If you like a paradox you might be no stranger to unravelling self-contradictory statements like ‘this statement is false’ or ‘I am lying’, or perhaps puzzled over Achilles’ tortoise. But there’s an apparent paradox unravelling in the foreign exchange market this week. Following the release of the latest CFTC data over the weekend, it is apparent that there is still a significant long position left open within GBP markets. Of the speculative arm of the market, approximately a net 14% of open market interest is positioned to benefit from a rising Pound. This positioning has been trimmed in recent weeks with last week alone seeing long GBP positions squeezed some 3.7% alongside the falling spot price. Here’s the paradox: downside protection in GBP is now more expensive than contracts that provide equivalent upside exposure in GBP markets. So if participants are still positioned for an upside shift, why are they pricing for a downside move?
If we look behind the paradox this might be explained and give us an insight into where GBP might go. If the market is pricing downside protection as more valuable than upside exposure it represents a likely crowding of participants on one side of the market to sustain the imbalance. It is also therefore likely to reflect the market’s expected directional movement in the underlying spot price. As it stands in GBPUSD/GBPEUR markets, Sterling’s two major crosses, put options are consistently more expensive across the spectrum of traded contracts than equivalent calls, hinting towards a move lower in GBP. Options markets provide a more timely and reflective snapshot of the market than positioning data by virtue of being openly traded contracts. One potential explanation to unravel this paradox is therefore a time inconsistency: the positioning data is simply out of date.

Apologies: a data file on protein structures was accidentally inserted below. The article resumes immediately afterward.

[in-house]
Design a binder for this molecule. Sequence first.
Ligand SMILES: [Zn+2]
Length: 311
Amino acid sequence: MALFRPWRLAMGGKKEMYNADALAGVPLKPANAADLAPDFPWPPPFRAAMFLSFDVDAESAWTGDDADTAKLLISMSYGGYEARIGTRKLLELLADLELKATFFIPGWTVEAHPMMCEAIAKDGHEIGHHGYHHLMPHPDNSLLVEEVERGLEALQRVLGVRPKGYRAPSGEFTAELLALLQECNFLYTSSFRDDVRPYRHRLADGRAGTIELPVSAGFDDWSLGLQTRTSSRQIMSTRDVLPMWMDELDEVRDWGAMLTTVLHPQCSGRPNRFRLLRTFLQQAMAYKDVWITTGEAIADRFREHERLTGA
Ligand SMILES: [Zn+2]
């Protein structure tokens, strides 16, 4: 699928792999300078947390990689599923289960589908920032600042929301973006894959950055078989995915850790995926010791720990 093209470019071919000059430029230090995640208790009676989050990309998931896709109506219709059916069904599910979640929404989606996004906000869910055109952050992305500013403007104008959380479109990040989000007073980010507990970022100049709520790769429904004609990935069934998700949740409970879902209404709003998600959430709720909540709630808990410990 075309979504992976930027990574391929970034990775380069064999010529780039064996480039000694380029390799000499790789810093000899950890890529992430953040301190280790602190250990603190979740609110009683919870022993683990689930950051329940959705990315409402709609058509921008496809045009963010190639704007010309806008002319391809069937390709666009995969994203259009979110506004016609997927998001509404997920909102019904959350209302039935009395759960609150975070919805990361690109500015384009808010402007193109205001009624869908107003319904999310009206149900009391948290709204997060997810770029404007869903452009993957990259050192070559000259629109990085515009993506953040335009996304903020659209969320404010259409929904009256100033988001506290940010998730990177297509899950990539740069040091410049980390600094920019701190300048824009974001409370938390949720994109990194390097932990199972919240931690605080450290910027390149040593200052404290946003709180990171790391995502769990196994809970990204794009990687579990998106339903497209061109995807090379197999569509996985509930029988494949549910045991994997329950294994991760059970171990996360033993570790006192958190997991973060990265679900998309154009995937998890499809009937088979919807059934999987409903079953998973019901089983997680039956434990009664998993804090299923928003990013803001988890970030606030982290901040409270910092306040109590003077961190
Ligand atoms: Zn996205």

There is some truth in this argument and the positioning data at the moment is playing catch-up with the spot price and balance of implied volatilities on each side of the options market. However, what provides a more comprehensive picture of the market is understanding that the options market is pointing in favour of a downside move to offset the open market’s long Sterling positioning. With a lack of fresh reasons to get behind the Pound, its favour has been slipping on the market. Accordingly, those with exposure on GBP are questioning their conviction in GBP given the year-to-date rally and a slow but sure long-squeeze in GBP has been underway. From this perspective, the downside skew within options markets should be read as a hedge against open market positioning.
With lagging vaccine euphoria hampering Sterling bulls, the short term Sterling outlook remains pessimistic. As England and Wales eased their respective lockdowns yesterday to allow non-essential retail and many outdoor hospitality venues to reopen, the Pound did enjoy some support. Data will be critical to the recovery with the spending by Brits in the coming days in the pub, restaurants and particularly retail to be watched closely to see how excess savings and pent-up demand translate into consumption and economic growth.
Discussion and Analysis by Charles Porter